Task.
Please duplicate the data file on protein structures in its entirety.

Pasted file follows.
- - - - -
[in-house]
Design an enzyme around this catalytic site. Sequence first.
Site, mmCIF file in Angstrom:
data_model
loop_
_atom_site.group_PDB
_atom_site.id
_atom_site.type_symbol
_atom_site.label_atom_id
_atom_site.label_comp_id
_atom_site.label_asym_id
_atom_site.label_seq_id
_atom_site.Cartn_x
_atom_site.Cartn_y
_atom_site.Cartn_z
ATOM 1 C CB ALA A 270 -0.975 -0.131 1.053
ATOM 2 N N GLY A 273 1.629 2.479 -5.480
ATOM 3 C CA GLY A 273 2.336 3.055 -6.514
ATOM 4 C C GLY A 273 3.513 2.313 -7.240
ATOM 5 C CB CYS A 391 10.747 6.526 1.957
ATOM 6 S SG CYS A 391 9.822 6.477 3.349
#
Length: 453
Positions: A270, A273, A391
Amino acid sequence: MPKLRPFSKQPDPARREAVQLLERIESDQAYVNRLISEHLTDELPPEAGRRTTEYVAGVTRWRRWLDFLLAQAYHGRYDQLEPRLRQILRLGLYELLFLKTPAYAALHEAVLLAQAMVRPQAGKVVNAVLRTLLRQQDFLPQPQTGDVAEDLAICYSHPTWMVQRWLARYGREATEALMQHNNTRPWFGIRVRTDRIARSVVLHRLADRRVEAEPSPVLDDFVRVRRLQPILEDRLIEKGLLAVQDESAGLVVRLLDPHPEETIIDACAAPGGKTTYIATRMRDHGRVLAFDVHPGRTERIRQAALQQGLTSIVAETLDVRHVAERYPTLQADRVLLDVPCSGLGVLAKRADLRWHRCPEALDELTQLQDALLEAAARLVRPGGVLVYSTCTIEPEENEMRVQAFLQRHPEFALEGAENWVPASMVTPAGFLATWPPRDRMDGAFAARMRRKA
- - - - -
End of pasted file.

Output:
[in-house]
Design an enzyme around this catalytic site. Sequence first.
Site, mmCIF file in Angstrom:
data_model
loop_
_atom_site.group_PDB
_atom_site.id
_atom_site.type_symbol
_atom_site.label_atom_id
_atom_site.label_comp_id
_atom_site.label_asym_id
_atom_site.label_seq_id
_atom_site.Cartn_x
_atom_site.Cartn_y
_atom_site.Cartn_z
ATOM 1 C CB ALA A 270 -0.975 -0.131 1.053
ATOM 2 N N GLY A 273 1.629 2.479 -5.480
ATOM 3 C CA GLY A 273 2.336 3.055 -6.514
ATOM 4 C C GLY A 273 3.513 2.313 -7.240
ATOM 5 C CB CYS A 391 10.747 6.526 1.957
ATOM 6 S SG CYS A 391 9.822 6.477 3.349
#
Length: 453
Positions: A270, A273, A391
Amino acid sequence: MPKLRPFSKQPDPARREAVQLLERIESDQAYVNRLISEHLTDELPPEAGRRTTEYVAGVTRWRRWLDFLLAQAYHGRYDQLEPRLRQILRLGLYELLFLKTPAYAALHEAVLLAQAMVRPQAGKVVNAVLRTLLRQQDFLPQPQTGDVAEDLAICYSHPTWMVQRWLARYGREATEALMQHNNTRPWFGIRVRTDRIARSVVLHRLADRRVEAEPSPVLDDFVRVRRLQPILEDRLIEKGLLAVQDESAGLVVRLLDPHPEETIIDACAAPGGKTTYIATRMRDHGRVLAFDVHPGRTERIRQAALQQGLTSIVAETLDVRHVAERYPTLQADRVLLDVPCSGLGVLAKRADLRWHRCPEALDELTQLQDALLEAAARLVRPGGVLVYSTCTIEPEENEMRVQAFLQRHPEFALEGAENWVPASMVTPAGFLATWPPRDRMDGAFAARMRRKA